A common question I am asked, on my blog and in real life, is what is the “trick” to getting into a good graduate program (for the sciences). The trick is that there is no trick, but there are a few preparatory steps that *do* make all the difference in the application process. And no, it isn’t all about GPA. Cause I didn’t even have one.
1. Spend your spare time doing research.
This one should be a no-brainer, so to speak. If you want a career in research, you need to show your commitment early on. Also, as tough as it might be, many research positions are not paid. You gotta just suck it up and frame it like you’re getting valuable experience and research tools (which you are), which will be worth far more than minimum wage in the long run. Also, participant in a few different labs in diverse fields. This will give you the breadth of experience to help you decide what field you will fit into best.
2. Cultivate awesome letters of recommendation.
Admissions committees have told me that these letters are given tremendous weight in the selection process. So you should only ask someone to write you a letter you know will be stellar. This is sometimes difficult in a large school, to have someone know you at a personal level. But take the time to stay after class, email the prof, whatever it takes to get face time. Its essential.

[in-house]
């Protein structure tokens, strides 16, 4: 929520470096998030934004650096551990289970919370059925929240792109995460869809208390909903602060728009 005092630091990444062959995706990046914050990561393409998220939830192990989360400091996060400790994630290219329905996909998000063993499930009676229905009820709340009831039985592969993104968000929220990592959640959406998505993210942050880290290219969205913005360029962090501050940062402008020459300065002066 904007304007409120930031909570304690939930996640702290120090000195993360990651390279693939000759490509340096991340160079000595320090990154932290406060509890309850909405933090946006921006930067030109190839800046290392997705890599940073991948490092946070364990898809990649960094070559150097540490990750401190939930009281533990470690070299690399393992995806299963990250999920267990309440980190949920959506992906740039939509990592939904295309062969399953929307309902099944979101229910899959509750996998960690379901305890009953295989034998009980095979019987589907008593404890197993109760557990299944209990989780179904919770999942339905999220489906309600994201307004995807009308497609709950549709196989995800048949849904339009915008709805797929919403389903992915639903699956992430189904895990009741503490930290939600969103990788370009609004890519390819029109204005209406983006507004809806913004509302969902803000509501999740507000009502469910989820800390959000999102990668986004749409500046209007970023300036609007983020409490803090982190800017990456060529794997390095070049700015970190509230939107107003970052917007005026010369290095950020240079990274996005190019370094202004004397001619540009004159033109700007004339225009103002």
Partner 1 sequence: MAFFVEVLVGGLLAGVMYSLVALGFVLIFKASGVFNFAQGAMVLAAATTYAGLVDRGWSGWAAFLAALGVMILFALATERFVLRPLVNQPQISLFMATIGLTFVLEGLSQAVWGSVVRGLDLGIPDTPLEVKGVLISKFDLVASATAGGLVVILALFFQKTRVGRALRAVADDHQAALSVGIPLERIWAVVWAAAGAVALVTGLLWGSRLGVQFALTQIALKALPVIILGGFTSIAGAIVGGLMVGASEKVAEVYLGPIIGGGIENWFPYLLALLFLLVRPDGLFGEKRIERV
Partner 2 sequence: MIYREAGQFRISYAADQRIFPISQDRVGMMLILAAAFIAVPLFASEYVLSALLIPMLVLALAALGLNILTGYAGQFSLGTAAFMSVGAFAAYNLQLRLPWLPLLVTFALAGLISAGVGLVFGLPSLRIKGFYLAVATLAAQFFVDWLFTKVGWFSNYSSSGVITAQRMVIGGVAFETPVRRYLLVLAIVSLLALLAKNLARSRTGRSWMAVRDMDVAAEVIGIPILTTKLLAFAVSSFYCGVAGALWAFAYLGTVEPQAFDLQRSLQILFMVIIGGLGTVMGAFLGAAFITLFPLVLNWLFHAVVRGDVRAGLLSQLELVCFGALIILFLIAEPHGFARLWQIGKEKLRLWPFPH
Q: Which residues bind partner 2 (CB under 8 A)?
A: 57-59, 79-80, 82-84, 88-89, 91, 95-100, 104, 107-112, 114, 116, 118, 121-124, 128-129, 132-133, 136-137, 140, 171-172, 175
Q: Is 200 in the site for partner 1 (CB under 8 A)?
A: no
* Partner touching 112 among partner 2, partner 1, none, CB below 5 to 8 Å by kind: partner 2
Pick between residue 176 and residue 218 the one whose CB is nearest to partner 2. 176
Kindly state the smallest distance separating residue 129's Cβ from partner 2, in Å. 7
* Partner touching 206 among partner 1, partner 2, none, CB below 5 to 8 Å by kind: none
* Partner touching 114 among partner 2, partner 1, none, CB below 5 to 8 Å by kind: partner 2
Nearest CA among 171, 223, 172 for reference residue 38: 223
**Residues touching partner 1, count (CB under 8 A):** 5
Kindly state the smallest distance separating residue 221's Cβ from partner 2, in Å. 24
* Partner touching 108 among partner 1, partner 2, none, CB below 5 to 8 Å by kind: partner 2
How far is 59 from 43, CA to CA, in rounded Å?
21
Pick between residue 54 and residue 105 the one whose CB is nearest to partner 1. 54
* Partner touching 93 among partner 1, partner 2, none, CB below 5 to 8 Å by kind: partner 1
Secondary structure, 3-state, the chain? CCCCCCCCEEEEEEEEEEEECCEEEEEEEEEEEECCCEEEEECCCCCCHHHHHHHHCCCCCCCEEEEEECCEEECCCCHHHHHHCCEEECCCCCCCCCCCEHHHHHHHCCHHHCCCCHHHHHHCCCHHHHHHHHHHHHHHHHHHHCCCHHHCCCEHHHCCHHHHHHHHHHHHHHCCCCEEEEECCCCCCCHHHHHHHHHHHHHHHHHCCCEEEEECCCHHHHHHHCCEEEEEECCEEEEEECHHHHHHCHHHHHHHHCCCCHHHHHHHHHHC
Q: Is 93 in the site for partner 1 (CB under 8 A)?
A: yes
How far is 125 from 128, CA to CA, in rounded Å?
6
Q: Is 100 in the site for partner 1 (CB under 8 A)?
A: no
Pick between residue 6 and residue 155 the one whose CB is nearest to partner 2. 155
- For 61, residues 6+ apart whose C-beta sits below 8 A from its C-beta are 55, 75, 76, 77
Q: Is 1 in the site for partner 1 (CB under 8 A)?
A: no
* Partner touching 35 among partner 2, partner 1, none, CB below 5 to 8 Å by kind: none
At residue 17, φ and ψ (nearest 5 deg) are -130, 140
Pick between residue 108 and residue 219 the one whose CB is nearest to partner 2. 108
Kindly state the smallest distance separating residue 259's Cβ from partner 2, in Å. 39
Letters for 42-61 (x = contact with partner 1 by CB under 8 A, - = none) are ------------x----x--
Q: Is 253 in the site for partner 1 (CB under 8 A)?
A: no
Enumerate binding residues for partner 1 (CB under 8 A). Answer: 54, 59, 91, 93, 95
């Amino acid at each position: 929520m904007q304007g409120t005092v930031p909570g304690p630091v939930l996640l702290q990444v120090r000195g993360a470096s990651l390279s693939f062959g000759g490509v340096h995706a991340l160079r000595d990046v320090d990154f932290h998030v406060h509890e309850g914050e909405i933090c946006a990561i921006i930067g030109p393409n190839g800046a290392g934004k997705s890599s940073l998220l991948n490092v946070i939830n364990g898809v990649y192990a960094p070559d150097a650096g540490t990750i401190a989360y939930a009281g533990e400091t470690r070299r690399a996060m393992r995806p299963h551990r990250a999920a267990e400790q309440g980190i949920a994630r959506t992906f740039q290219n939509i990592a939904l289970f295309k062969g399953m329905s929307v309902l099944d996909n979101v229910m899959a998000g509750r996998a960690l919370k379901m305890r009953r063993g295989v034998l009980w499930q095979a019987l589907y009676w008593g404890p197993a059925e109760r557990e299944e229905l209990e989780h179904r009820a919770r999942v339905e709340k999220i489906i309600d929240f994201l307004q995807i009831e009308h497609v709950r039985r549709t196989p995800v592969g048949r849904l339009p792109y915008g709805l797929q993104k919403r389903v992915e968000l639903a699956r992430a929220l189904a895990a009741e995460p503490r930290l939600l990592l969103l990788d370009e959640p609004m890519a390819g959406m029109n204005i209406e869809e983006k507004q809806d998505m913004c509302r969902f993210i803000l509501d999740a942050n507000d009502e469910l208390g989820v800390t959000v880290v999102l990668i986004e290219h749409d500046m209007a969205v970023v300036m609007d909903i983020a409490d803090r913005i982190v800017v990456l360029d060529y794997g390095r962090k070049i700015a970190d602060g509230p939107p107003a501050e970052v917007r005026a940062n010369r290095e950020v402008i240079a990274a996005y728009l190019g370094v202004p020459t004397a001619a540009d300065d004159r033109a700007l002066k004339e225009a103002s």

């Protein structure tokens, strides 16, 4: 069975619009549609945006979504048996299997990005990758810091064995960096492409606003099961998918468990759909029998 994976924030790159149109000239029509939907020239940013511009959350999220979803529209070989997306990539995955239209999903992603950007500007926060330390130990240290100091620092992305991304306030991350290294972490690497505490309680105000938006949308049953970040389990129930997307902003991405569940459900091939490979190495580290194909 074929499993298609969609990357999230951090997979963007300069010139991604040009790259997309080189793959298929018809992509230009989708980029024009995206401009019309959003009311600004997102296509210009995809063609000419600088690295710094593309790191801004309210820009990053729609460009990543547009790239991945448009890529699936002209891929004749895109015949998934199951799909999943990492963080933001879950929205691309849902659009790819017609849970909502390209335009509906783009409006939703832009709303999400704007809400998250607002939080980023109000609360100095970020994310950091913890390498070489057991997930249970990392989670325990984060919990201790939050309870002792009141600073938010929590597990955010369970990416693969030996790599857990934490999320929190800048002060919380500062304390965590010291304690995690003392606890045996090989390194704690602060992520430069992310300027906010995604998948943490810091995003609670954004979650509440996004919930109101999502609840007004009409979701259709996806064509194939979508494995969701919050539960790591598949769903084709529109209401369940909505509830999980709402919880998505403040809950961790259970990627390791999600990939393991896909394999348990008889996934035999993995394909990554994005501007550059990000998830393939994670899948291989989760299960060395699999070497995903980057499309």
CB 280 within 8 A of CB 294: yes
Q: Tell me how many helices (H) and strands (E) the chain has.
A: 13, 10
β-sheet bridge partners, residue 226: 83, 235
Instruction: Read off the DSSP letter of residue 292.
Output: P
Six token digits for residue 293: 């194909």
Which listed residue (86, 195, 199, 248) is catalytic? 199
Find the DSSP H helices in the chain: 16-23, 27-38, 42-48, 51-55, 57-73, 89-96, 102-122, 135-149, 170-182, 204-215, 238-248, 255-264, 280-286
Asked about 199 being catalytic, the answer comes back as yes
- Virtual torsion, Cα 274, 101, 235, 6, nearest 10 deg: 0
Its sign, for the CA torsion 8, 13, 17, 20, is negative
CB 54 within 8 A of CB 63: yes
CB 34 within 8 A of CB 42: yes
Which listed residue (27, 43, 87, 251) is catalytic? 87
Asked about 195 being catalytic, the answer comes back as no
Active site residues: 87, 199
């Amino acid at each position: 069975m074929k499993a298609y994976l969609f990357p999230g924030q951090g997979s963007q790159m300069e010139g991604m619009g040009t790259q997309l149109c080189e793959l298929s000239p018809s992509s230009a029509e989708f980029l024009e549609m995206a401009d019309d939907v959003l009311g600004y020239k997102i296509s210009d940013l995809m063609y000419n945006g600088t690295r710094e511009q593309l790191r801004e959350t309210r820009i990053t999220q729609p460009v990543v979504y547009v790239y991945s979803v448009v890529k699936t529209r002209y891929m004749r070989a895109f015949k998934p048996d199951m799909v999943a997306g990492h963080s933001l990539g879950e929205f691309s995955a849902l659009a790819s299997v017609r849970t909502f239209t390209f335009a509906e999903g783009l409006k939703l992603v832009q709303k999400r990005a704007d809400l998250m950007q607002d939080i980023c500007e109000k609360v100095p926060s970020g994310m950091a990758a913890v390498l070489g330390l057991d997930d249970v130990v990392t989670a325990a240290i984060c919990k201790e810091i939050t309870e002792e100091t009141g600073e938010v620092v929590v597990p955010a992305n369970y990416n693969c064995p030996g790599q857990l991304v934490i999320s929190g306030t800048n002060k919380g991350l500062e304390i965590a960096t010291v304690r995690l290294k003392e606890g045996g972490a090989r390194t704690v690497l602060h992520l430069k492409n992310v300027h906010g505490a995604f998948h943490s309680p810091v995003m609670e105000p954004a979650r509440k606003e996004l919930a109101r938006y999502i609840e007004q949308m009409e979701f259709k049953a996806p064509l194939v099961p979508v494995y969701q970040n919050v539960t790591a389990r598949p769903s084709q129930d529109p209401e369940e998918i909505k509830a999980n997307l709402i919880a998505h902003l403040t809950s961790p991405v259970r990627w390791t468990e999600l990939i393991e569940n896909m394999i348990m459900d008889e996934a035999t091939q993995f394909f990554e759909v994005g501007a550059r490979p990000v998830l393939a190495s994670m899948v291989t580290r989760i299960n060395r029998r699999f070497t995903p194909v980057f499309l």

3. Take the relevant classes, but have a few other interests too.
Show your interest and build the background, but be a well-rounded person. Play an instrument. Write. Volunteer. Whatever does it for you.
4. Have a reason why you want to do research.
The most common question I was asked in interviews was why I wanted to do research, and in what areas I was most interested. Have good answers to these questions that sound smart, sincere, and not trite.
5. Read the literature, know the basics, and a few tough surprising facts.